People don’t really read the news anymore. It’s all consumed through headlines, so here’s my take on how to read financial news headlines.
How to read the news…according to Robert Martorana, at the Enterprising Investor for the CFA Institute, is to learn rapidly how to detect what is nonsense and move on. It’s a necessary skill when confronted with the hype and sensationalism now masquerading as news. Below is a quick summary of some of his tips and ideas:
- Understand the consensus.
- Seek disagreement.
- Question the narrative.
- Respect the data.
- Avoid partisan interpretation.
- Develop your own framework.
Here are a few ideas of my own:
- Don’t assume everything that’s interesting or entertaining is also actionable.
- Find a trustworthy curator.
- Have good filters in place to know what’s relevant to you and what’s not.
- Know your history so you can understand that most current events and news will worthless in short order.
…People don’t really read the news anymore. It’s all consumed through headlines, so here’s my take on how to read financial news headlines:
Headline: Stocks Rose/Fell Today by 1% Because of …..
How to read it: Millions of shares traded hands today because investors all have different goals, strategies, risk profiles, holding periods and ideas.
Headline: [Popular economist/fund manager] Expects Market Volatility to Pick Up Later This Year
How to read it: Saying you expect volatility to pick up at some point in the future is like saying you expect it to rain at some point in the future. Volatility works both ways — to the upside and the downside — so really this is just a way of saying the markets will fluctuate, which of course they will.
Headline: George Soros Gained/Lost $1 Billion
How to read it: Soros has around $25 billion so what he does with his money shouldn’t concern most investors.
Headline: Markets Got Slaughtered Today: A Sign of Worse Things to Come?
How to read it: No one ever really knows why stocks rise or fall on a single day. The market is up just over 50% of all trading days and down just under 50% of all trading days so you can never put too much stock in any one day.
Headline: Investors Are Dealing With More Uncertainty
How to read it: The future is always uncertain. The past just feels more certain because now we know what really happened.
Headline: Are Markets Overbought Here?
How to read it: Ask us again in a few months.
Headline: (Democrats/Republicans/current or past president) Caused X% of Economic or Stock Market Growth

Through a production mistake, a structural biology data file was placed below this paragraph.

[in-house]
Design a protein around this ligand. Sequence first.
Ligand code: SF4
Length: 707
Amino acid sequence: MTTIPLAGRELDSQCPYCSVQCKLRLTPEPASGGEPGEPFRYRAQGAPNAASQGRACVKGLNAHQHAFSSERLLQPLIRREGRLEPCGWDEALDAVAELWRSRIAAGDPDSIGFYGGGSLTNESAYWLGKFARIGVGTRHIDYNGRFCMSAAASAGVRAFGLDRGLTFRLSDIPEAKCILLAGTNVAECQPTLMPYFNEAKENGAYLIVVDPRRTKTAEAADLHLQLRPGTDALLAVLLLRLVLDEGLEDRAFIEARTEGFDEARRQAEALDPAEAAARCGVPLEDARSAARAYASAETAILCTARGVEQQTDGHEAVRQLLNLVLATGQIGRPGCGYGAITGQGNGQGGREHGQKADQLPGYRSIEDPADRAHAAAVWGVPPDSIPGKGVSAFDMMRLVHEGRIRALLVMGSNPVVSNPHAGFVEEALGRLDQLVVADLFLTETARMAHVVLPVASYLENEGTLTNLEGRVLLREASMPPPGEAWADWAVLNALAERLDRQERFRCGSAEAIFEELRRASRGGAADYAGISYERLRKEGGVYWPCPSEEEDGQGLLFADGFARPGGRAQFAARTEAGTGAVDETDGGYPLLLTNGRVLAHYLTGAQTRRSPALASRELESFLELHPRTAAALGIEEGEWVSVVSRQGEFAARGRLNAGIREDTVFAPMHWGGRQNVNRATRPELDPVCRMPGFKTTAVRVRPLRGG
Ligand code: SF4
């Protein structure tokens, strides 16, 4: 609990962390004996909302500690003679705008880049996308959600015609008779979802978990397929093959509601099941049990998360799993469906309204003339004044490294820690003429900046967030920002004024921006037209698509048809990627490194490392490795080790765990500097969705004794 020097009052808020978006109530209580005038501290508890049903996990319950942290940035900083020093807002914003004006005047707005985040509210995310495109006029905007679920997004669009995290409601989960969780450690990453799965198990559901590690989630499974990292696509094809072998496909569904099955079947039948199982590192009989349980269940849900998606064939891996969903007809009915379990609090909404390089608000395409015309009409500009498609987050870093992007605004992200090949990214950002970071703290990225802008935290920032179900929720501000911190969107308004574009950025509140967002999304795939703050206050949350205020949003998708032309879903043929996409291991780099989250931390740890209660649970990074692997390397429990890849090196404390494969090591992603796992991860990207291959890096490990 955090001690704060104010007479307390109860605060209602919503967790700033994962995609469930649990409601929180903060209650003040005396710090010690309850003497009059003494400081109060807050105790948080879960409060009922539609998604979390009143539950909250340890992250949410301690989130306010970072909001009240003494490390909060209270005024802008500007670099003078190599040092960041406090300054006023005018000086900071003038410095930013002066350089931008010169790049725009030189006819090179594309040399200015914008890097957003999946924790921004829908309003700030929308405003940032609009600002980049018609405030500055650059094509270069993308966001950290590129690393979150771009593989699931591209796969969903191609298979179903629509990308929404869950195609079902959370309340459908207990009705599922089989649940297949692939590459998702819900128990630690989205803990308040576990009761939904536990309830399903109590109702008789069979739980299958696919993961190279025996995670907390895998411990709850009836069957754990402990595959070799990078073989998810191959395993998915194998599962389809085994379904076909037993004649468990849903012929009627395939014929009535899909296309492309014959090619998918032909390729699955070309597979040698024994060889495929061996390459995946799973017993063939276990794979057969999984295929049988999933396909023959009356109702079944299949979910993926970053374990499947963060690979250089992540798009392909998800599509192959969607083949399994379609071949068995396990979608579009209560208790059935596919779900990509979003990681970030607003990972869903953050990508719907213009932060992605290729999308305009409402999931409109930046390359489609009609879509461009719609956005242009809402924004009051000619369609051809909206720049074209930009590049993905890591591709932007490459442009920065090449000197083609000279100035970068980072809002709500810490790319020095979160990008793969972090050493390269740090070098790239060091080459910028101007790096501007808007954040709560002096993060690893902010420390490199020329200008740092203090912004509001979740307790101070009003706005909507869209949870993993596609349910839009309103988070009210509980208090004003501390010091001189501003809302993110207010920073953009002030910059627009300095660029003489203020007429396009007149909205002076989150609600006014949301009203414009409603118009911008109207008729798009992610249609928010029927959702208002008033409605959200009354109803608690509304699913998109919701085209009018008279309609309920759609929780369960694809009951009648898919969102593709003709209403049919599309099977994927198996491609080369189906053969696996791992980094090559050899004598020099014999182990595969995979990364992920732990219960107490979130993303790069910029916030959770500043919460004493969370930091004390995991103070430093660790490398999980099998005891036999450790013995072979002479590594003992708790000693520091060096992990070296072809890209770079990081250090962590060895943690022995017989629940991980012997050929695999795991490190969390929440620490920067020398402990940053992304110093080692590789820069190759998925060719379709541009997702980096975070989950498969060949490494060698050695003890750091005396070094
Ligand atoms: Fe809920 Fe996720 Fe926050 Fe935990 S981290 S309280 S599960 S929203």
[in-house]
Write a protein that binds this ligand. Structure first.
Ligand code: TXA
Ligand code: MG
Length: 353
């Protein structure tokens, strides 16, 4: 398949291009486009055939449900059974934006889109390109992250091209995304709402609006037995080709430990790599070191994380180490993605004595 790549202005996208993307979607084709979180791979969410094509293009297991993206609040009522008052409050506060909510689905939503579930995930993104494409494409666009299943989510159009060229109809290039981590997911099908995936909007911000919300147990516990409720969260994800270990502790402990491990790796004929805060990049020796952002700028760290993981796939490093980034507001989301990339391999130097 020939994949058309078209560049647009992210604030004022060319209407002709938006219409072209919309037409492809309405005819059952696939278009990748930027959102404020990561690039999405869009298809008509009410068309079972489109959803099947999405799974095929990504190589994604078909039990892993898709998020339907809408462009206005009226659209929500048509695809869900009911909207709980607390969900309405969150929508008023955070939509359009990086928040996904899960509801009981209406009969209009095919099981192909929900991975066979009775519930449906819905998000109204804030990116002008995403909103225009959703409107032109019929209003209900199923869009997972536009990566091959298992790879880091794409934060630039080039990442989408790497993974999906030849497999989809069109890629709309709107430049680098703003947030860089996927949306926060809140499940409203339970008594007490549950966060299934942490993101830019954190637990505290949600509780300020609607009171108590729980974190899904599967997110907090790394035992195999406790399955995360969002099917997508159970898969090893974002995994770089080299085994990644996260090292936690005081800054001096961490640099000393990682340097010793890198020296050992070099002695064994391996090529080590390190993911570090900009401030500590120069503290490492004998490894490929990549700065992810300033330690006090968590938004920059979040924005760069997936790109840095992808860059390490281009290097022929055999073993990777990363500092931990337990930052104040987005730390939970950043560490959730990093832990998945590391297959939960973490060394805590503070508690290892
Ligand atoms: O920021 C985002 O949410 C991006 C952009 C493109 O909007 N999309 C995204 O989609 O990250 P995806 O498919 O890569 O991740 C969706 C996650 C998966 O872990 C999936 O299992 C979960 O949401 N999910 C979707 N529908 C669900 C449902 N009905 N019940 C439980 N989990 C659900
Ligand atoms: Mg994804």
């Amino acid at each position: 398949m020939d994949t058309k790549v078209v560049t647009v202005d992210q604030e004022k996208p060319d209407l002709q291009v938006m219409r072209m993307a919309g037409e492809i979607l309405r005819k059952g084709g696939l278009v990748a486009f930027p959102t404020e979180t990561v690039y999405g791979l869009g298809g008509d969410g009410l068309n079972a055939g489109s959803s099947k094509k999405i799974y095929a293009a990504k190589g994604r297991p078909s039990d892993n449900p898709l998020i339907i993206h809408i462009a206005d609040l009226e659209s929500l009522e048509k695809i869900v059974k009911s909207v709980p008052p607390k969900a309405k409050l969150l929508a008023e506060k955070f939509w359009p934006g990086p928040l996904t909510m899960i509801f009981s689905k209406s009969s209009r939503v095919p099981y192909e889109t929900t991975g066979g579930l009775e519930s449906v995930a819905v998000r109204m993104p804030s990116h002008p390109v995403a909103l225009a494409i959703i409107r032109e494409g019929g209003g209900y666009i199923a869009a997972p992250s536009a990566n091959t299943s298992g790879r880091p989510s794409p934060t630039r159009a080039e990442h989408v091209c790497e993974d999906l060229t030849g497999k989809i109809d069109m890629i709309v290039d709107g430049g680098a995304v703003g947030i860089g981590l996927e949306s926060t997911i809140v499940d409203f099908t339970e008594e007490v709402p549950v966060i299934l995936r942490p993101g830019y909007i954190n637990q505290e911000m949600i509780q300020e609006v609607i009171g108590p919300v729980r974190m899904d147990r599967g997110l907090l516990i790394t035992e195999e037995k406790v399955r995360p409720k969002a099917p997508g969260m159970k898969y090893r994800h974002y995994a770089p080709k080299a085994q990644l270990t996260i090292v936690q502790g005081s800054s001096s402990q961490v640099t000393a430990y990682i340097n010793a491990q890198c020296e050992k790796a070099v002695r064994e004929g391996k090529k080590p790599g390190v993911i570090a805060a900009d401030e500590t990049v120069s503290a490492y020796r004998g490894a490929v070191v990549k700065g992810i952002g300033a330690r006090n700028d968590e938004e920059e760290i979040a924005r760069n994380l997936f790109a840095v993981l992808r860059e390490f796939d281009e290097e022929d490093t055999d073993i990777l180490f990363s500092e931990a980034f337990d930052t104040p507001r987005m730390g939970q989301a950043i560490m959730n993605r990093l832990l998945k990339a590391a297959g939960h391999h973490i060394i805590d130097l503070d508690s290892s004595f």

How to read it: Presidents or political parties don’t personally control economies or stock markets made up of millions of participants and trillions of dollars all wrapped up within a complex adaptive system. These things don’t come with levers that you can pull to make them rise or fall.
Headline: The Stock Market Enters a Painful Correction
How to read it: Retirement savers rejoice as stocks fall on the week. Those with decades to save & invest should hope it continues.
Headline: [Such and such] Could Cause Gold Could Rise to $1500/oz.
How to read it: Total guess. No one has a clue.
Headline: Is This the Stock-Picker’s Market We’ve Been Waiting For?
How to read it: It’s both always and never a stock-picker’s markets because it all depends on the quality of the stock-picker, not the market.
Headline: Goldman Sachs Expects Stocks to Rally For the Next 3 Months
How to read it: Big financial firms have so many strategists that there will surely be a research piece put out in the coming days that totally contradicts whatever they just predicted.
Headline: When Will the Fed Raise Rates?
How to read it: Has Fed policy really ever helped you make better investment decisions? Even if you knew exactly what they were going to do in the future you still have no idea how other investors will react.
Headline: Investors Panic as Stocks Enter a Bear Market
How to read it: Don’t panic — expected returns and dividend yields go up during bear markets. This is a good thing for long-term investors.
Headline: A Perfect Storm Caused Markets to Fall
How to read it: Stuff happens in the markets and we like to attach important-sounding narratives to everything. 100-year storms now seem to come around once a month or so.
Headline: (Permanently-bearish pundit) Predicts a Market Crash Worse Than 1987
How to read it: Certain pundits are constantly predicting peril and end times for the markets and the economy so expect to read a few of these every week as they’ll continue guessing until they’re finally “right.”
Headline: The 10 Best Stocks to Own Right Now
How to read it: Here are 10 random stocks we think could go up for reasons we are purely speculating on.
Headline: Investors are Cautiously Optimistic
How to read it: We’ve got nothing so we’re going to run this classic that gives no information whatsoever.
Headline: Earnings Growth is a Second-Half Story
How to read it: No one ever really checks back on these predictions in the second half of the year so this is a great way to predict almost anything and not be held accountable.
Headline: Is (hot stock du jour) a Buy Here?
How to read it: Chances are, by the time you see a fad stock in the headlines you’ve already missed your opportunity to buy.
The comments above are edited ([ ]) and abridged (…) excerpts from an article by Ben Carlson (awealthofcommonsense.com)
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